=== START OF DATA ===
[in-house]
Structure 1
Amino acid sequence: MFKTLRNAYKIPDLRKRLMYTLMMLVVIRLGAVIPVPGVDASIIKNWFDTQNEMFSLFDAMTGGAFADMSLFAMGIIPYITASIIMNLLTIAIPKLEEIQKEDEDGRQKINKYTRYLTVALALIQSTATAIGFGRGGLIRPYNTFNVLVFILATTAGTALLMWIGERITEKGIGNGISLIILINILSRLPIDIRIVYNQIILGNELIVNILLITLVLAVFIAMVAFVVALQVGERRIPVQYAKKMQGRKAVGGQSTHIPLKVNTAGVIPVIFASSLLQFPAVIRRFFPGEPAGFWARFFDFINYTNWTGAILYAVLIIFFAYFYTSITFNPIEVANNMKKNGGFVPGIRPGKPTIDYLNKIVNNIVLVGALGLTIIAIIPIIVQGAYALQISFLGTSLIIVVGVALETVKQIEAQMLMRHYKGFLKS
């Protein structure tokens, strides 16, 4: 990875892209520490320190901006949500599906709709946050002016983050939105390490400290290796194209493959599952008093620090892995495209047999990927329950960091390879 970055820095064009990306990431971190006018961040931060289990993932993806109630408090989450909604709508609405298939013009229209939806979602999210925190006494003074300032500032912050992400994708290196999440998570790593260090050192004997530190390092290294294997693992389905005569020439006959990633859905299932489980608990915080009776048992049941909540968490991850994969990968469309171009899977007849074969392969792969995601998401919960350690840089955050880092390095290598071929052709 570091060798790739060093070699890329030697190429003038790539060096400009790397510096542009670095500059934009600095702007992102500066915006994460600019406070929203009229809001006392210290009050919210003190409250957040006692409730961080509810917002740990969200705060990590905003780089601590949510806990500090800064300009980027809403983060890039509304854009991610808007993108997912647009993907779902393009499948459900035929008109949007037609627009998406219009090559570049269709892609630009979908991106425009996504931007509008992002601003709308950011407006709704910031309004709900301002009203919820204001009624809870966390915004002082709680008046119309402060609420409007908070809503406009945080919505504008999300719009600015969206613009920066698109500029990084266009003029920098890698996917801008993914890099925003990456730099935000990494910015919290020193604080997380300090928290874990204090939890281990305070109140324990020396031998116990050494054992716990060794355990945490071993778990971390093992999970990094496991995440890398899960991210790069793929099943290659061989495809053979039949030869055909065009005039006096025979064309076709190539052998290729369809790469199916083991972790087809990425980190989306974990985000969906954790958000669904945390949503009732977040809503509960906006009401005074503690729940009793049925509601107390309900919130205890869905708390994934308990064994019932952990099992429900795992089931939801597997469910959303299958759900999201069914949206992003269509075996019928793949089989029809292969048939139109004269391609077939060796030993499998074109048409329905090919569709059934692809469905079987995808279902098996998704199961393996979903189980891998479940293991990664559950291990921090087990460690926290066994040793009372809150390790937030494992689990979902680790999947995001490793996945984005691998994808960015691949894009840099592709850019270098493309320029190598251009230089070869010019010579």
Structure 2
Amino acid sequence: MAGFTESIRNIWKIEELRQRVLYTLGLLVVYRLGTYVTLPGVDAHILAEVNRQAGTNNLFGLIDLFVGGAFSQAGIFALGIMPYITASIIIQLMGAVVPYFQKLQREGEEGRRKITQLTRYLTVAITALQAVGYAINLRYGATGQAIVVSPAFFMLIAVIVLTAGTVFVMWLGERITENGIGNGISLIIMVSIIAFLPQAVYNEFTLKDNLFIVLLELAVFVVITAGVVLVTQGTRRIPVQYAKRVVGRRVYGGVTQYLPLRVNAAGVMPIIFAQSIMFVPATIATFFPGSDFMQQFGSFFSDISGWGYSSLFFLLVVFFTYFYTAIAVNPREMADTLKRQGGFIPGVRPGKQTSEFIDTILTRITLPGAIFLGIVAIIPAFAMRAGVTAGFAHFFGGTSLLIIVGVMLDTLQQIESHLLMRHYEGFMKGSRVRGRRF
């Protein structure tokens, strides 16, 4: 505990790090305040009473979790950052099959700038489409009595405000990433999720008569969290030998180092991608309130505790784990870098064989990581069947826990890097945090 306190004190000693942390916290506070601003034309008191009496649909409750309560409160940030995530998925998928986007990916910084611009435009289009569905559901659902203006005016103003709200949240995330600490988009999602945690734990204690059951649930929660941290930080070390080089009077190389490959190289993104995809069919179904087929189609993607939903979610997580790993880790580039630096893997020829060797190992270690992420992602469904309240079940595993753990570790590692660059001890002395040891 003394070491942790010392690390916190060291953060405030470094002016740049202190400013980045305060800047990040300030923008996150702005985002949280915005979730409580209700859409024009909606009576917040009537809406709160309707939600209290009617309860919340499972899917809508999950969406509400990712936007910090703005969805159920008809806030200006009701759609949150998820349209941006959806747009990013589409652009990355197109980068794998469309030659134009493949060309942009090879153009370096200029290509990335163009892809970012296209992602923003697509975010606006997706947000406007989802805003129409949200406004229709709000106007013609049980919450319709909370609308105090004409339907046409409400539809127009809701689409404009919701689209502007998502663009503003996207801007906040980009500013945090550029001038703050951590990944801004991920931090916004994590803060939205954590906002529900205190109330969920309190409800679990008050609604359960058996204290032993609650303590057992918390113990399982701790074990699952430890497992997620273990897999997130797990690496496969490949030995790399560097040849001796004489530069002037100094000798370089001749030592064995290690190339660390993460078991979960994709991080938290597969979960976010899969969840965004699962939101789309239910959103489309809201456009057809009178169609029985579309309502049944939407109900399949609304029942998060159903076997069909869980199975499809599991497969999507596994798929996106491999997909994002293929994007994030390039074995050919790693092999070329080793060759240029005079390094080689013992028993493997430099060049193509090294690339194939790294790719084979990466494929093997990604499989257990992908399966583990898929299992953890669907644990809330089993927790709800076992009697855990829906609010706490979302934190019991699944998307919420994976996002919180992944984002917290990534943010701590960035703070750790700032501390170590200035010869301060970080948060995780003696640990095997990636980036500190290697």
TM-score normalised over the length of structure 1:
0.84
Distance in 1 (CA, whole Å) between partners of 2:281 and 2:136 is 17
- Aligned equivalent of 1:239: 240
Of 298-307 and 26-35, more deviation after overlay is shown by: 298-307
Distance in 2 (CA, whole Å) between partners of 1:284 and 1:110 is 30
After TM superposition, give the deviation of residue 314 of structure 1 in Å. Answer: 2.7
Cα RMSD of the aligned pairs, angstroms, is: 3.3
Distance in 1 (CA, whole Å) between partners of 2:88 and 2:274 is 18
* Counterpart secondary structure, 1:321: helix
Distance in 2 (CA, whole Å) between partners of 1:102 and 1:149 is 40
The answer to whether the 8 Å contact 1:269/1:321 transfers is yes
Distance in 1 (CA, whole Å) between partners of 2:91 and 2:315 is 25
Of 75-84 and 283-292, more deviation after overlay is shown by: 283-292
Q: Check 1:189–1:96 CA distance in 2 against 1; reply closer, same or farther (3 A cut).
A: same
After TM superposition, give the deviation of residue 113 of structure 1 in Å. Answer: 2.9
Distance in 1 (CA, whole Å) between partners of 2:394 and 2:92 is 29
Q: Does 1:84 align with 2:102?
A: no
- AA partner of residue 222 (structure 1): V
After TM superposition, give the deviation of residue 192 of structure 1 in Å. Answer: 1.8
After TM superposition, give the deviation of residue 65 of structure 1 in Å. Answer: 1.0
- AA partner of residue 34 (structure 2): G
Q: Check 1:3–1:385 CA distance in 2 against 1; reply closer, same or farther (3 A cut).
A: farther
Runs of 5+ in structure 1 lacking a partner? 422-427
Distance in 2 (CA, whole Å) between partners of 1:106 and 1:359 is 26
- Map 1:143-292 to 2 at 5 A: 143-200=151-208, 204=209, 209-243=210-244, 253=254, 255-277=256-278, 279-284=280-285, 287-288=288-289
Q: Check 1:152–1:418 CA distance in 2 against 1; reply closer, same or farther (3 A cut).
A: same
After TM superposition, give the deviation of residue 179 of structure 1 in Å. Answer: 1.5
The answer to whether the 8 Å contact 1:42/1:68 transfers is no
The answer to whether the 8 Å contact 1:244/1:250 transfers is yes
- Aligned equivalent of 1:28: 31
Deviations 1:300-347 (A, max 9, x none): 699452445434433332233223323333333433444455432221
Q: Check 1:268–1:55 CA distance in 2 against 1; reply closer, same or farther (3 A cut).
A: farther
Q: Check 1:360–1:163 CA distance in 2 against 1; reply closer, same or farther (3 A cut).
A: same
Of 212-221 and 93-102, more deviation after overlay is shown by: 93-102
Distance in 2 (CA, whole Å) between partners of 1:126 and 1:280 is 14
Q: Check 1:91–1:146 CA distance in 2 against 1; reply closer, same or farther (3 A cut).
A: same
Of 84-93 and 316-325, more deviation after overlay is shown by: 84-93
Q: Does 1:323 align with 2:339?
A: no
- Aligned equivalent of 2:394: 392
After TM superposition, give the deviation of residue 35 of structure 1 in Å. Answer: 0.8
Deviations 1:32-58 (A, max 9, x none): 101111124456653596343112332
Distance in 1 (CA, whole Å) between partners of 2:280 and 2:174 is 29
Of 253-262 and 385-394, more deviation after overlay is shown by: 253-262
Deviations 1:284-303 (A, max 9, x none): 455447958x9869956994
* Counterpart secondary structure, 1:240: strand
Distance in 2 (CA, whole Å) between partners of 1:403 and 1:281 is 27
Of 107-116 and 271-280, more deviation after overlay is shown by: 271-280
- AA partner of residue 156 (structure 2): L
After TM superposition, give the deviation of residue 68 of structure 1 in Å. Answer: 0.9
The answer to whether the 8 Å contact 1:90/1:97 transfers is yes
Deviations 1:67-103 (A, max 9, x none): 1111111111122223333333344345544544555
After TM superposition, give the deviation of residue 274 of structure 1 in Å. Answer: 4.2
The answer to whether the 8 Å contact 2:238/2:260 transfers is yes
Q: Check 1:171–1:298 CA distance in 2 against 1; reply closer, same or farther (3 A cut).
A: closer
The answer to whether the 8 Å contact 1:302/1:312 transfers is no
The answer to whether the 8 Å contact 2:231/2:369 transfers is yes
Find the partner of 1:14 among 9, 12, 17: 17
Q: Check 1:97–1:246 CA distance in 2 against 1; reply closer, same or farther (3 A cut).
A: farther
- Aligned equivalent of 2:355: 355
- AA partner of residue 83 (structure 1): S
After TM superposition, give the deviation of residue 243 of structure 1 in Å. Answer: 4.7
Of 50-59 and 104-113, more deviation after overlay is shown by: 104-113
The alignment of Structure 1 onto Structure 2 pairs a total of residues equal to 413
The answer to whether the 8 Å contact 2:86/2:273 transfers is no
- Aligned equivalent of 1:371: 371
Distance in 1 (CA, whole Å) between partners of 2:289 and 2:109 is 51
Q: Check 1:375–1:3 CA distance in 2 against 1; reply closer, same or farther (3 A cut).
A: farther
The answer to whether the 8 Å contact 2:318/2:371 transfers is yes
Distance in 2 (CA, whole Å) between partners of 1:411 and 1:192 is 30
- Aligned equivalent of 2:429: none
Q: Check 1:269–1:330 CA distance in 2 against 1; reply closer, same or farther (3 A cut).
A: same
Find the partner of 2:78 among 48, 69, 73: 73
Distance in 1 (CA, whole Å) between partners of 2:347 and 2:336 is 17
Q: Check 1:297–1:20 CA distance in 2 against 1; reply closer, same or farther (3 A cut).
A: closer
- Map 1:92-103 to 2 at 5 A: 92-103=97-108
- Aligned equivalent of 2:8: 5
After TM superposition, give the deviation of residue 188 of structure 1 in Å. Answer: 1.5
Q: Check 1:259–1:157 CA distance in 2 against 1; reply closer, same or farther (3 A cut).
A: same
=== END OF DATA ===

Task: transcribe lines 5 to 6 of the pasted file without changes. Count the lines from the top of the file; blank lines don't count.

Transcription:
Structure 2
Amino acid sequence: MAGFTESIRNIWKIEELRQRVLYTLGLLVVYRLGTYVTLPGVDAHILAEVNRQAGTNNLFGLIDLFVGGAFSQAGIFALGIMPYITASIIIQLMGAVVPYFQKLQREGEEGRRKITQLTRYLTVAITALQAVGYAINLRYGATGQAIVVSPAFFMLIAVIVLTAGTVFVMWLGERITENGIGNGISLIIMVSIIAFLPQAVYNEFTLKDNLFIVLLELAVFVVITAGVVLVTQGTRRIPVQYAKRVVGRRVYGGVTQYLPLRVNAAGVMPIIFAQSIMFVPATIATFFPGSDFMQQFGSFFSDISGWGYSSLFFLLVVFFTYFYTAIAVNPREMADTLKRQGGFIPGVRPGKQTSEFIDTILTRITLPGAIFLGIVAIIPAFAMRAGVTAGFAHFFGGTSLLIIVGVMLDTLQQIESHLLMRHYEGFMKGSRVRGRRF